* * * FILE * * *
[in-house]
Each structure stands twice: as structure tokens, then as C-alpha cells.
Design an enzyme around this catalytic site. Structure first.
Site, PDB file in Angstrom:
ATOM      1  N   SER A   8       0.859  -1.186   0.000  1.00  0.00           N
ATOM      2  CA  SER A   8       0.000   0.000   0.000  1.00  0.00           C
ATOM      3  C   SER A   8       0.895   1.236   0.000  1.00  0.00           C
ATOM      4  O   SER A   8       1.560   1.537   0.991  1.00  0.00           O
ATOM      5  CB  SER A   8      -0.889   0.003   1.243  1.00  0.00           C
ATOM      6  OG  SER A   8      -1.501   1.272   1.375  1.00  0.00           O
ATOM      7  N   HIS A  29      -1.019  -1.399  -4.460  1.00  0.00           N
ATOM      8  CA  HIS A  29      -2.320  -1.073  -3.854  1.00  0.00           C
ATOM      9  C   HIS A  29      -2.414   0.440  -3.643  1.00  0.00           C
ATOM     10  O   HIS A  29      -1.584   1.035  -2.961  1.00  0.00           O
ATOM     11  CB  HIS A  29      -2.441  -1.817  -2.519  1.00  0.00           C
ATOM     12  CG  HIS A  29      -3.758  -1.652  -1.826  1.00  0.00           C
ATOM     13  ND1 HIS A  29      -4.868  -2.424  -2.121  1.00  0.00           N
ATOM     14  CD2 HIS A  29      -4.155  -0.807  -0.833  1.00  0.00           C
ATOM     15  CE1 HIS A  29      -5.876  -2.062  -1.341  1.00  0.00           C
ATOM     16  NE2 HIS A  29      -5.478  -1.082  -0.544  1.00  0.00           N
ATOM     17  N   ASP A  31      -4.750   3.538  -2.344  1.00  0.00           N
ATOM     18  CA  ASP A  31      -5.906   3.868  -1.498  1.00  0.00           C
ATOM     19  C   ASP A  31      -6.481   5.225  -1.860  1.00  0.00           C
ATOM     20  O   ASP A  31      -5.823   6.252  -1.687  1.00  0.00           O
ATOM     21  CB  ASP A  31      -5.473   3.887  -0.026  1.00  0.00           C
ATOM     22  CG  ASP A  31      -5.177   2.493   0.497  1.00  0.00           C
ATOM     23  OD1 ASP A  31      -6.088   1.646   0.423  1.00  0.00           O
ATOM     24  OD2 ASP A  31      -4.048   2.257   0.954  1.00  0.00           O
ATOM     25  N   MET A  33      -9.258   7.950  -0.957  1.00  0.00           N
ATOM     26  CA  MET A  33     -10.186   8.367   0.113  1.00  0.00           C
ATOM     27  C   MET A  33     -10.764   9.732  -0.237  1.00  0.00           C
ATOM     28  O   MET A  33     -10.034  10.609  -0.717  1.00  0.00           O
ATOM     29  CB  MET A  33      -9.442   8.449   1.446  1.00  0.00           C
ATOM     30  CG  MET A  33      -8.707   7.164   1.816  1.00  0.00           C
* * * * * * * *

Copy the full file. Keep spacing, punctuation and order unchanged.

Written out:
[in-house]
Each structure stands twice: as structure tokens, then as C-alpha cells.
Design an enzyme around this catalytic site. Structure first.
Site, PDB file in Angstrom:
ATOM      1  N   SER A   8       0.859  -1.186   0.000  1.00  0.00           N
ATOM      2  CA  SER A   8       0.000   0.000   0.000  1.00  0.00           C
ATOM      3  C   SER A   8       0.895   1.236   0.000  1.00  0.00           C
ATOM      4  O   SER A   8       1.560   1.537   0.991  1.00  0.00           O
ATOM      5  CB  SER A   8      -0.889   0.003   1.243  1.00  0.00           C
ATOM      6  OG  SER A   8      -1.501   1.272   1.375  1.00  0.00           O
ATOM      7  N   HIS A  29      -1.019  -1.399  -4.460  1.00  0.00           N
ATOM      8  CA  HIS A  29      -2.320  -1.073  -3.854  1.00  0.00           C
ATOM      9  C   HIS A  29      -2.414   0.440  -3.643  1.00  0.00           C
ATOM     10  O   HIS A  29      -1.584   1.035  -2.961  1.00  0.00           O
ATOM     11  CB  HIS A  29      -2.441  -1.817  -2.519  1.00  0.00           C
ATOM     12  CG  HIS A  29      -3.758  -1.652  -1.826  1.00  0.00           C
ATOM     13  ND1 HIS A  29      -4.868  -2.424  -2.121  1.00  0.00           N
ATOM     14  CD2 HIS A  29      -4.155  -0.807  -0.833  1.00  0.00           C
ATOM     15  CE1 HIS A  29      -5.876  -2.062  -1.341  1.00  0.00           C
ATOM     16  NE2 HIS A  29      -5.478  -1.082  -0.544  1.00  0.00           N
ATOM     17  N   ASP A  31      -4.750   3.538  -2.344  1.00  0.00           N
ATOM     18  CA  ASP A  31      -5.906   3.868  -1.498  1.00  0.00           C
ATOM     19  C   ASP A  31      -6.481   5.225  -1.860  1.00  0.00           C
ATOM     20  O   ASP A  31      -5.823   6.252  -1.687  1.00  0.00           O
ATOM     21  CB  ASP A  31      -5.473   3.887  -0.026  1.00  0.00           C
ATOM     22  CG  ASP A  31      -5.177   2.493   0.497  1.00  0.00           C
ATOM     23  OD1 ASP A  31      -6.088   1.646   0.423  1.00  0.00           O
ATOM     24  OD2 ASP A  31      -4.048   2.257   0.954  1.00  0.00           O
ATOM     25  N   MET A  33      -9.258   7.950  -0.957  1.00  0.00           N
ATOM     26  CA  MET A  33     -10.186   8.367   0.113  1.00  0.00           C
ATOM     27  C   MET A  33     -10.764   9.732  -0.237  1.00  0.00           C
ATOM     28  O   MET A  33     -10.034  10.609  -0.717  1.00  0.00           O
ATOM     29  CB  MET A  33      -9.442   8.449   1.446  1.00  0.00           C
ATOM     30  CG  MET A  33      -8.707   7.164   1.816  1.00  0.00           C